We don't get many comments here at mwbh. At least two people tell me it's because "you say all that needs to be said." I'm sure they tell me that just to make me feel better. (It works, by the way.) In any case, our recent piece on Archbishop Dolan's remarks in a TV interview about Thanksgiving, and its analysis by Michael Voris on RealCatholicTV, brought this comment from a gentleman named “Stephen” which was of sufficient merit and detail, that it is reproduced here in its entirety.
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FWIW, while I think you're right that the archbishop is clearly speaking off the cuff, and while I agree that it's possible to criticize his choice of words, I think it's worth noting that there is a structure to his comments that suggests a deliberate strategy that is worth noting. Here are Dolan's words as excerpted by Voris:
"[Thanksgiving is] a time of the year when people are open to the Lord, and we don't think about ourselves. We're grateful to God. We're conscious that Somebody -- some call him or her or whatever you want -- Somebody beyond us is in charge, and we are immensely grateful, and it's not about ..." [cut off]
Note the structure of these brief lines. In the first sentence, he says "the Lord" -- a term with clear Judeo-Christian resonances, denoting the God of Israel revealed in Jesus Christ. In the second sentence, he uses the general term "God," a word shared with theists, deists and others. Finally, he goes on to include awareness of a vague "Somebody beyond us."
He's clearly winging it (the parenthesis is somewhat ungrammatical), and if you want to object to the words he chose in that moment, fine. But it seems clear to me that the terminological shift over these three sentences is connected to a progression of thought:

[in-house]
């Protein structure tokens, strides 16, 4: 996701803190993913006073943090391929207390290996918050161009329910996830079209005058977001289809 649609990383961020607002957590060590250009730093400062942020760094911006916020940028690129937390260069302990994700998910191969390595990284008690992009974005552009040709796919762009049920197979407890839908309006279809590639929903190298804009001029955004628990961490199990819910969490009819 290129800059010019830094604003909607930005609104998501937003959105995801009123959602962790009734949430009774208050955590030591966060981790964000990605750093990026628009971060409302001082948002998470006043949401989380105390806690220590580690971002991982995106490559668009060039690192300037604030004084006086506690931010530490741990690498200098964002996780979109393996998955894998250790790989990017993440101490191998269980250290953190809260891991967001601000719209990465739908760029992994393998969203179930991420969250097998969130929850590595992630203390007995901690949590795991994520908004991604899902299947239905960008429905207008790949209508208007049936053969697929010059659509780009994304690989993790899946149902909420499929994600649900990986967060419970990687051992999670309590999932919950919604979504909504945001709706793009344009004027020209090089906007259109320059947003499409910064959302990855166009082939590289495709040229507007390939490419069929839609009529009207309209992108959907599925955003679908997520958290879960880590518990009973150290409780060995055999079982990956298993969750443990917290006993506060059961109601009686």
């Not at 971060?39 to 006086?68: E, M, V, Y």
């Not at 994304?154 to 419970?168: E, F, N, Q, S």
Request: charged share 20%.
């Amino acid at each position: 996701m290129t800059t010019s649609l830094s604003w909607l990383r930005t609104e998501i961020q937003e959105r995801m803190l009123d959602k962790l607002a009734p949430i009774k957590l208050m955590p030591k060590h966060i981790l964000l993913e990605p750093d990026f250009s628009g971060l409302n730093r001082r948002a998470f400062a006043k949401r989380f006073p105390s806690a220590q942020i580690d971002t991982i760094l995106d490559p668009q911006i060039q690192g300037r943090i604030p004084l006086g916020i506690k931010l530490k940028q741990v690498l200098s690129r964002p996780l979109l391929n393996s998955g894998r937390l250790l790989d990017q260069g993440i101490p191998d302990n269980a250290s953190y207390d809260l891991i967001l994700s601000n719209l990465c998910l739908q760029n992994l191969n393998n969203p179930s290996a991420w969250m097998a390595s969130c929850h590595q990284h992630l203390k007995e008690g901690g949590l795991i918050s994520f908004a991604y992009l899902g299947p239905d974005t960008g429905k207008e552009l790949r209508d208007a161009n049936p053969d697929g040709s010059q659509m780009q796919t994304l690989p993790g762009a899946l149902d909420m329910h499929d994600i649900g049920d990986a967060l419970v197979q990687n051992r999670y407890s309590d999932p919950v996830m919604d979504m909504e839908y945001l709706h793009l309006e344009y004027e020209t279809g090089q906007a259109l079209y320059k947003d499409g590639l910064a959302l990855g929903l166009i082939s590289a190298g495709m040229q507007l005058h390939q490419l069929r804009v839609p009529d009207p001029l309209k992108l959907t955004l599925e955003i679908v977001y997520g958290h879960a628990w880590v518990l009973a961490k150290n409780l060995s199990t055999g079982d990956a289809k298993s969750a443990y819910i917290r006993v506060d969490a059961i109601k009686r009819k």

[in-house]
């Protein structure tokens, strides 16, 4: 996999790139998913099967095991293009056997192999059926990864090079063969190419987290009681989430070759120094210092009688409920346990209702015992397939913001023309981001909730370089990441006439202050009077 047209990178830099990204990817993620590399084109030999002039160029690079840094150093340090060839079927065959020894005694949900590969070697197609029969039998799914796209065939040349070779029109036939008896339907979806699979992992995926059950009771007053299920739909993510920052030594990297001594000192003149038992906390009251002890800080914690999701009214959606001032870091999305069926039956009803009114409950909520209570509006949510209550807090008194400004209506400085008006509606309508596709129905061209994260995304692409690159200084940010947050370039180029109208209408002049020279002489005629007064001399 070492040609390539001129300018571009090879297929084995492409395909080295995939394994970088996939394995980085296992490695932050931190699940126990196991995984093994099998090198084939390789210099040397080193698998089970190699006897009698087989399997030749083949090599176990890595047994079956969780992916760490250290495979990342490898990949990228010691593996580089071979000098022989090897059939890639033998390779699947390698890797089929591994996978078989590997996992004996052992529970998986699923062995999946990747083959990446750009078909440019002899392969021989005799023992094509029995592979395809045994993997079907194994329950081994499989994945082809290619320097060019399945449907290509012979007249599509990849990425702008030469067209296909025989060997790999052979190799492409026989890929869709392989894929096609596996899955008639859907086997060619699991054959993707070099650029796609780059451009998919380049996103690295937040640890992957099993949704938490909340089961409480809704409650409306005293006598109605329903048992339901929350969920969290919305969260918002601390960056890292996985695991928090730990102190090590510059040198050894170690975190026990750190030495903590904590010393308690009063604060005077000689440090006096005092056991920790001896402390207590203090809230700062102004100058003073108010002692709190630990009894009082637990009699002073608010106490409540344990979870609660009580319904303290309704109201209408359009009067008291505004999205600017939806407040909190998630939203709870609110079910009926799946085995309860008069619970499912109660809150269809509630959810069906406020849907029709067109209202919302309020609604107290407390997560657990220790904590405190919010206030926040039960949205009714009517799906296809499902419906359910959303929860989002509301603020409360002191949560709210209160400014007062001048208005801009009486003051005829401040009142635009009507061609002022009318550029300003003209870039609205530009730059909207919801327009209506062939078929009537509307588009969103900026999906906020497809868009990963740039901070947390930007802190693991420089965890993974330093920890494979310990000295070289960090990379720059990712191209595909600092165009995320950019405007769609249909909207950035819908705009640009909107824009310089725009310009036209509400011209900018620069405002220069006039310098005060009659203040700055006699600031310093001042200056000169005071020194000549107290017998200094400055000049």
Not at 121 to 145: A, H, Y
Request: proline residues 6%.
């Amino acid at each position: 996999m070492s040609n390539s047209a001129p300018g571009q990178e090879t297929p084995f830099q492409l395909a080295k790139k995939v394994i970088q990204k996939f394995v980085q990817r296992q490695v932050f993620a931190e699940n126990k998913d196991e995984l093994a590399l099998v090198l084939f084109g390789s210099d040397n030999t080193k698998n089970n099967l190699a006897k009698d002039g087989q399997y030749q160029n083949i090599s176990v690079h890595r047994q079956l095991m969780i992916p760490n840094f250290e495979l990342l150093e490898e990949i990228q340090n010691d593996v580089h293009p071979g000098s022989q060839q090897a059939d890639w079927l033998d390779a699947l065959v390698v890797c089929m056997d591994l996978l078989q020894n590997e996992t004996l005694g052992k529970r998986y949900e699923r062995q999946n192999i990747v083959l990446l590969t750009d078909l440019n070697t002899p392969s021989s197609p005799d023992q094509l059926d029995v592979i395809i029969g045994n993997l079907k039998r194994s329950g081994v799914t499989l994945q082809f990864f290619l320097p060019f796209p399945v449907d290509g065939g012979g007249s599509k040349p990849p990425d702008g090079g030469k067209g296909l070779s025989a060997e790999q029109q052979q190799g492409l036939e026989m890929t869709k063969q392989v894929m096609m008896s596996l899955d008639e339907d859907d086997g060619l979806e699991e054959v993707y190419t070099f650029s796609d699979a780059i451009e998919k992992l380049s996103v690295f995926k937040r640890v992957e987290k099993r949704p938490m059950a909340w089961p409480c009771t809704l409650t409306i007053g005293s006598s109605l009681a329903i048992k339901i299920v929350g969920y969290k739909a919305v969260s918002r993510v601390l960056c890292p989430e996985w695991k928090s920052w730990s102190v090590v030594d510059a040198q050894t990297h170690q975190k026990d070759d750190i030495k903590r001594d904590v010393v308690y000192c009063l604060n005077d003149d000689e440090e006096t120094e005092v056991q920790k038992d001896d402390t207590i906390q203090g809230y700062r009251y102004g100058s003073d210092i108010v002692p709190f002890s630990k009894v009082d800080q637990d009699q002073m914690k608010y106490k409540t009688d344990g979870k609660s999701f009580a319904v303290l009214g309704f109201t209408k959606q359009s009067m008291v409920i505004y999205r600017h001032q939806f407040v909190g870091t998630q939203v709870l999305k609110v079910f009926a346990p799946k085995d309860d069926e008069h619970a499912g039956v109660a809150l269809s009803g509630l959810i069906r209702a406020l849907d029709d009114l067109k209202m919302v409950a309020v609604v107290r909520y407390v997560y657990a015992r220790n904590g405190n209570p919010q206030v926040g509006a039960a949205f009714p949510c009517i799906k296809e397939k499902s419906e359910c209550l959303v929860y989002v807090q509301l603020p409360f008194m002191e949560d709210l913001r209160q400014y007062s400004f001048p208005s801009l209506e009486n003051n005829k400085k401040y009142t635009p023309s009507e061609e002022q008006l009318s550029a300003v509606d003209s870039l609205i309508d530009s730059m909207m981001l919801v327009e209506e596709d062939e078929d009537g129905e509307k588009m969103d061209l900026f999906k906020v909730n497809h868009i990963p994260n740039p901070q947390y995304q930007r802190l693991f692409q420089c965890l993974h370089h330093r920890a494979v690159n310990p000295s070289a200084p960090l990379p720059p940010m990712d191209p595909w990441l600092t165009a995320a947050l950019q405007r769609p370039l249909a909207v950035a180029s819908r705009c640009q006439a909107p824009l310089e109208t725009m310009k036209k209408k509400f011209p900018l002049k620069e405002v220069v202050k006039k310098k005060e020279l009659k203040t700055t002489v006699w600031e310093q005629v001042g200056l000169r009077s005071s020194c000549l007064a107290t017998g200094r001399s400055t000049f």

1. He begins by expressing himself in language that is overtly Christian: People are open to the Lord. This is language with roots in the Old and New Testaments, in the liturgy of the Church, in the idiomatic language of "Christian America."
2. He then expands the scope of his language to include also those who stand more or less at a distance from the Christian faith: Even people who do not know the Lord can still be touched at this time of the year by gratitude to God.
3. Finally, he suggests that the meaning of Thanksgiving can even reach those who may not recognize God as such, but may still be aware of our dependence on a higher power. They may not even be comfortable speaking of "him" -- they may say "him" or "her", or whatever they want -- but nevertheless even for them there can be a meaningful awareness of the reality of divine sovereignty and providence, and a corresponding gratitude to Somebody beyond us.
FWIW, similar strategies can be seen in the Good Friday petitions and in the Vatican II decree Lumen Gentium 14ff, i.e., starting with those closest to us and then gradually expanding the scope outward until we reach even those who do not believe in God.
Again, not to say that the archbishop's comments here are above criticism. But I'm disturbed and grieved by Voris's readiness to judge Dolan's heart and motivations as well as giving the worst possible construction to his actions: "knee-jerk pandering" to a "politically correct understanding of the faith," of being unable to "simply and sweetly" affirm the faith (as if Dolan were giving a homily or holding forth of the truth of the Faith, of "shuffling God off" amid "relativistic politically correct diversity," etc.).
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Discuss. (Wow, for once I write that and everybody actually does it. What's up with that?)